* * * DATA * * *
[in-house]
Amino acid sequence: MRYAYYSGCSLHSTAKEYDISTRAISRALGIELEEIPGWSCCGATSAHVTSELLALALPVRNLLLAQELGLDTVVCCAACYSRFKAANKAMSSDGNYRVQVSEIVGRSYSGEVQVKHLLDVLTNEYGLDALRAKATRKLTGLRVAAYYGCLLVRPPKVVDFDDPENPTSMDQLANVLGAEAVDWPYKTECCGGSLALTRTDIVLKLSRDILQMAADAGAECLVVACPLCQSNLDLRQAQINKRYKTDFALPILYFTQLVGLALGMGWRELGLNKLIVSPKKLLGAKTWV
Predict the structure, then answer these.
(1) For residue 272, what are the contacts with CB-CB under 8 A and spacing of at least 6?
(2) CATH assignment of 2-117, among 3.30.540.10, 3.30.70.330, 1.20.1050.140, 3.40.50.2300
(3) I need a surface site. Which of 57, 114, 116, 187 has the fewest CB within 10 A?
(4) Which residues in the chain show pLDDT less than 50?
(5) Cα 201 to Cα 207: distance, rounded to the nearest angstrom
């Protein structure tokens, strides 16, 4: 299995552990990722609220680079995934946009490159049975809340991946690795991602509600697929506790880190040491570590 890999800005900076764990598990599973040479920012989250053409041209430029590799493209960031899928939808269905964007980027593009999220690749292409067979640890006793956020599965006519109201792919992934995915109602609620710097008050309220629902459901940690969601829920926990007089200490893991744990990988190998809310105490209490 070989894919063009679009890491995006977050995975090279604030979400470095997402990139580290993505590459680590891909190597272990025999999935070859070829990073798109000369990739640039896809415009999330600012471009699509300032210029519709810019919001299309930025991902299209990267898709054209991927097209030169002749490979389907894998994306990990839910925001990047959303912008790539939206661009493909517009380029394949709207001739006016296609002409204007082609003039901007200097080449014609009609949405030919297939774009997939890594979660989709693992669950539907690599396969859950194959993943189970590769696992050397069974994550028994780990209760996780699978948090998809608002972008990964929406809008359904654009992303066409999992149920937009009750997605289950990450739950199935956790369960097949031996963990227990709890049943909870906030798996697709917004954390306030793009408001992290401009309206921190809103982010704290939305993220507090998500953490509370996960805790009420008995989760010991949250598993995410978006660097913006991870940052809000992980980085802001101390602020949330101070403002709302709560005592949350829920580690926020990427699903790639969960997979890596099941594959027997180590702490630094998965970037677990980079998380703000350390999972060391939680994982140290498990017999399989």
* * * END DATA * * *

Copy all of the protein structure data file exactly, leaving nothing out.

[in-house]
Amino acid sequence: MRYAYYSGCSLHSTAKEYDISTRAISRALGIELEEIPGWSCCGATSAHVTSELLALALPVRNLLLAQELGLDTVVCCAACYSRFKAANKAMSSDGNYRVQVSEIVGRSYSGEVQVKHLLDVLTNEYGLDALRAKATRKLTGLRVAAYYGCLLVRPPKVVDFDDPENPTSMDQLANVLGAEAVDWPYKTECCGGSLALTRTDIVLKLSRDILQMAADAGAECLVVACPLCQSNLDLRQAQINKRYKTDFALPILYFTQLVGLALGMGWRELGLNKLIVSPKKLLGAKTWV
Predict the structure, then answer these.
(1) For residue 272, what are the contacts with CB-CB under 8 A and spacing of at least 6?
(2) CATH assignment of 2-117, among 3.30.540.10, 3.30.70.330, 1.20.1050.140, 3.40.50.2300
(3) I need a surface site. Which of 57, 114, 116, 187 has the fewest CB within 10 A?
(4) Which residues in the chain show pLDDT less than 50?
(5) Cα 201 to Cα 207: distance, rounded to the nearest angstrom
């Protein structure tokens, strides 16, 4: 299995552990990722609220680079995934946009490159049975809340991946690795991602509600697929506790880190040491570590 890999800005900076764990598990599973040479920012989250053409041209430029590799493209960031899928939808269905964007980027593009999220690749292409067979640890006793956020599965006519109201792919992934995915109602609620710097008050309220629902459901940690969601829920926990007089200490893991744990990988190998809310105490209490 070989894919063009679009890491995006977050995975090279604030979400470095997402990139580290993505590459680590891909190597272990025999999935070859070829990073798109000369990739640039896809415009999330600012471009699509300032210029519709810019919001299309930025991902299209990267898709054209991927097209030169002749490979389907894998994306990990839910925001990047959303912008790539939206661009493909517009380029394949709207001739006016296609002409204007082609003039901007200097080449014609009609949405030919297939774009997939890594979660989709693992669950539907690599396969859950194959993943189970590769696992050397069974994550028994780990209760996780699978948090998809608002972008990964929406809008359904654009992303066409999992149920937009009750997605289950990450739950199935956790369960097949031996963990227990709890049943909870906030798996697709917004954390306030793009408001992290401009309206921190809103982010704290939305993220507090998500953490509370996960805790009420008995989760010991949250598993995410978006660097913006991870940052809000992980980085802001101390602020949330101070403002709302709560005592949350829920580690926020990427699903790639969960997979890596099941594959027997180590702490630094998965970037677990980079998380703000350390999972060391939680994982140290498990017999399989």